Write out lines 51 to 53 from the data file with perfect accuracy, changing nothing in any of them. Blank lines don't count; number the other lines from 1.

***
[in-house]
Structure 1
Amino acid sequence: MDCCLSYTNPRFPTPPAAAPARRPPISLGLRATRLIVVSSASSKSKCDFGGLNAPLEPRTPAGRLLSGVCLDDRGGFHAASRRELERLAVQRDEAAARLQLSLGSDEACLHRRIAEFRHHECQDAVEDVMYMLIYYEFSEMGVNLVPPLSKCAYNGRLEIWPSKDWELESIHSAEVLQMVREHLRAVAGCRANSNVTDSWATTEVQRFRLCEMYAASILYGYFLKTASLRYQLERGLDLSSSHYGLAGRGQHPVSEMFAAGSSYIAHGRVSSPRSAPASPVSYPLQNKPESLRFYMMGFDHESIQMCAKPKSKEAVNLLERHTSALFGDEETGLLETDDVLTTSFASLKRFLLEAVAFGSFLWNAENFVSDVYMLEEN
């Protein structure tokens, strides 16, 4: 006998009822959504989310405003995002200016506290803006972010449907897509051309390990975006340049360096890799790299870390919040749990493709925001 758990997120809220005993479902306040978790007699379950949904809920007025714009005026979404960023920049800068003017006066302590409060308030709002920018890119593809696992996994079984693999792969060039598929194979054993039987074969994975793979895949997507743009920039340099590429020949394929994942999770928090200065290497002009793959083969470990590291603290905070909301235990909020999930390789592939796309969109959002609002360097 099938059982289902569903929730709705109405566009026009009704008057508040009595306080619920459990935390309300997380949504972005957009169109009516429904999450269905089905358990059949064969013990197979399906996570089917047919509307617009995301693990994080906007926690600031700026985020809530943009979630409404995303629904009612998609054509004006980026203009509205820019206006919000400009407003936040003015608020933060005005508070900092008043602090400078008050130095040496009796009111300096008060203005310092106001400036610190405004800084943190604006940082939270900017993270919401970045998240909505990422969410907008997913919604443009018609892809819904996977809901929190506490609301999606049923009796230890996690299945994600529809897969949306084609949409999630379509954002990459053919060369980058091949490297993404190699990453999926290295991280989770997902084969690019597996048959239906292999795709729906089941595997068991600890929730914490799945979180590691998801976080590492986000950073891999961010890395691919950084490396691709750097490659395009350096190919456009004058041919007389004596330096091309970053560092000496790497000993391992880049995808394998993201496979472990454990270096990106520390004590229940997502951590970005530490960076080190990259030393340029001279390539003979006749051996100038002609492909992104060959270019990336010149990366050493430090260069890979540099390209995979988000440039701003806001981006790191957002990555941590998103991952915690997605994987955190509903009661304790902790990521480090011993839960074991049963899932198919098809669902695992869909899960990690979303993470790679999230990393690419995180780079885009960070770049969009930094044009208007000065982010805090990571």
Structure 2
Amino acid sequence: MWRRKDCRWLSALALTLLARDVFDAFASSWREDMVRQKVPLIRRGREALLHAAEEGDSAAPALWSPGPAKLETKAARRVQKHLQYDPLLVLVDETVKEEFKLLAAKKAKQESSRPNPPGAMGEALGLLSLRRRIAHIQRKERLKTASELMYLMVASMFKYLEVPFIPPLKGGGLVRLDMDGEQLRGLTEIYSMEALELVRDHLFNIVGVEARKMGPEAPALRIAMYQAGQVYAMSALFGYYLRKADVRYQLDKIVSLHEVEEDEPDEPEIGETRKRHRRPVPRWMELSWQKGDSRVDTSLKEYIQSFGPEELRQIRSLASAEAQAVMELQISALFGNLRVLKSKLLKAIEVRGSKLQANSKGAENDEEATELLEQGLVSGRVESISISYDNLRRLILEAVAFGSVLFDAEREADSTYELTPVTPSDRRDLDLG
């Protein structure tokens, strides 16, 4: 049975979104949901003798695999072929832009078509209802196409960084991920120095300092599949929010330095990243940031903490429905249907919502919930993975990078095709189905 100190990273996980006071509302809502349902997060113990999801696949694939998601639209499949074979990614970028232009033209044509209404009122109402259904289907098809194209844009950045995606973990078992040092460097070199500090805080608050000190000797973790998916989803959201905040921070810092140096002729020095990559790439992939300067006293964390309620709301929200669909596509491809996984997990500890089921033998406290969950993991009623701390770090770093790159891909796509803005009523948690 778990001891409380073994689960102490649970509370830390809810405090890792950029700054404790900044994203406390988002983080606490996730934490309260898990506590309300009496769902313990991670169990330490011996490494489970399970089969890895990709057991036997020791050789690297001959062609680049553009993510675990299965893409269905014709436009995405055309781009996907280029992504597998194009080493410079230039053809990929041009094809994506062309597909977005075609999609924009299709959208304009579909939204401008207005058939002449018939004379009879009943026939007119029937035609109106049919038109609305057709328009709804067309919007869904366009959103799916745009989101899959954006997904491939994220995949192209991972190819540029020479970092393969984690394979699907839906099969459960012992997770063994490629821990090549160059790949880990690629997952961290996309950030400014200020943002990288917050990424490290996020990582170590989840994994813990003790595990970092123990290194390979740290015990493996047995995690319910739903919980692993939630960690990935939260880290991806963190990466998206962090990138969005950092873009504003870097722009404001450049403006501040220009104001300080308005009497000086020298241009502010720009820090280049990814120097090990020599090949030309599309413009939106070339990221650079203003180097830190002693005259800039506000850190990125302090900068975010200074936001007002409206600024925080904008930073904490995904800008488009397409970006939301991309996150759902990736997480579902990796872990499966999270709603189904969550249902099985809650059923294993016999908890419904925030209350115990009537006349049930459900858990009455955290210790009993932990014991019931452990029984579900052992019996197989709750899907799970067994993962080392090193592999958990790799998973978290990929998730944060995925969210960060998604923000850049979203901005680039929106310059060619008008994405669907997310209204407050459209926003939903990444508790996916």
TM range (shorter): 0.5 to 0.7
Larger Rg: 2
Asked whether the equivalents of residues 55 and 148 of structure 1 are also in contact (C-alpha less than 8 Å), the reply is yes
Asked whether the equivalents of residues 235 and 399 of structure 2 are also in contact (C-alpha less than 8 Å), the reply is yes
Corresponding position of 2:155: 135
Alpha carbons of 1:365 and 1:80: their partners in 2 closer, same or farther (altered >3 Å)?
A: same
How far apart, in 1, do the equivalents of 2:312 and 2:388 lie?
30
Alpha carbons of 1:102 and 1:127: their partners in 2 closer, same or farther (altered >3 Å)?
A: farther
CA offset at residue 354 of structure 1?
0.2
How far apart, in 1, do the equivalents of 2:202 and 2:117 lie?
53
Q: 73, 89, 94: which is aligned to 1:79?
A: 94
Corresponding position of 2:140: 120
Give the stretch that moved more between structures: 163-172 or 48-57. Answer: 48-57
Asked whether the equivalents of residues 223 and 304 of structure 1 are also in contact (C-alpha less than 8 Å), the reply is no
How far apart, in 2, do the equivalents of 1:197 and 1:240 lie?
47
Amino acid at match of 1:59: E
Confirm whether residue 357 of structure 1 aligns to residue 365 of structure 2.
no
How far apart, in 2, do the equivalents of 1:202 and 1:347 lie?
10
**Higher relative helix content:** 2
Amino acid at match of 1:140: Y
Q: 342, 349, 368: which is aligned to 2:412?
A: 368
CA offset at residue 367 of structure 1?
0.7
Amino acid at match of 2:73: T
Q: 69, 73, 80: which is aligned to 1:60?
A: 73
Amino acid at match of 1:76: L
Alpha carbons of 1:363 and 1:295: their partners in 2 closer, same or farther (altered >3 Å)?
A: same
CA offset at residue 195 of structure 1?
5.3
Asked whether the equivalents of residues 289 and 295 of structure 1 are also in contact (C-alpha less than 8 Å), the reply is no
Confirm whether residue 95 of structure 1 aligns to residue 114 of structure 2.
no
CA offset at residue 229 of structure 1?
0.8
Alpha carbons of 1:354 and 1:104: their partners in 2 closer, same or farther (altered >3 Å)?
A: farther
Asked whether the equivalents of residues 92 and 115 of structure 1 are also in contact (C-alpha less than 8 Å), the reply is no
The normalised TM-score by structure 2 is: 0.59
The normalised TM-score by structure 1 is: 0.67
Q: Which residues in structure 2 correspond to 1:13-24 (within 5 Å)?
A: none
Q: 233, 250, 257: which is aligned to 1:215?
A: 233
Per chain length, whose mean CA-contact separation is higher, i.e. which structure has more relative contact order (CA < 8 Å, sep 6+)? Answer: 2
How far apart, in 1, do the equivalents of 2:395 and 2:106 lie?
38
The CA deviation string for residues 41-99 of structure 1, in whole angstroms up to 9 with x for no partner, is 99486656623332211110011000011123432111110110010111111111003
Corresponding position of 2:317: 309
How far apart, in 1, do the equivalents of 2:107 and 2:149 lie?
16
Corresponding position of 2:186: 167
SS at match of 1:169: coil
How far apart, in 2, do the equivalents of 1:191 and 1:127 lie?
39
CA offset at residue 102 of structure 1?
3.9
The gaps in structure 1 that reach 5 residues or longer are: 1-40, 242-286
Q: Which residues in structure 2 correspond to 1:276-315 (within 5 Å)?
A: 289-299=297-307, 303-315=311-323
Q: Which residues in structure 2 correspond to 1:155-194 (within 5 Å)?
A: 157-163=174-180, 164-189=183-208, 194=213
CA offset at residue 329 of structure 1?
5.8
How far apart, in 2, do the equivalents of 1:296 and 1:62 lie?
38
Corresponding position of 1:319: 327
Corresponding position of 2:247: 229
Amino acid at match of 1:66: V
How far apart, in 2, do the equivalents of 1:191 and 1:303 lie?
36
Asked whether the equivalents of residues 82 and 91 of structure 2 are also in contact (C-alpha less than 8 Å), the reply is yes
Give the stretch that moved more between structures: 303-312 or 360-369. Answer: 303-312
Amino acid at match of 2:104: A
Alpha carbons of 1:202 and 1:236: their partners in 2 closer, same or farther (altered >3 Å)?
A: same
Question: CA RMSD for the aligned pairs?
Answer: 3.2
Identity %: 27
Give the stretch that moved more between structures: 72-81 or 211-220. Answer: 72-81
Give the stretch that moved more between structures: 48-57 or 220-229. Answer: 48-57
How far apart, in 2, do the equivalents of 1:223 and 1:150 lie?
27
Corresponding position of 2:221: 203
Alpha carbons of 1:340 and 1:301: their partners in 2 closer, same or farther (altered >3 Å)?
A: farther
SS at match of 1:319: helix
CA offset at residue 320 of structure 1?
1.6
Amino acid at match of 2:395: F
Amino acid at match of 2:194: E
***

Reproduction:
no
CA offset at residue 229 of structure 1?
0.8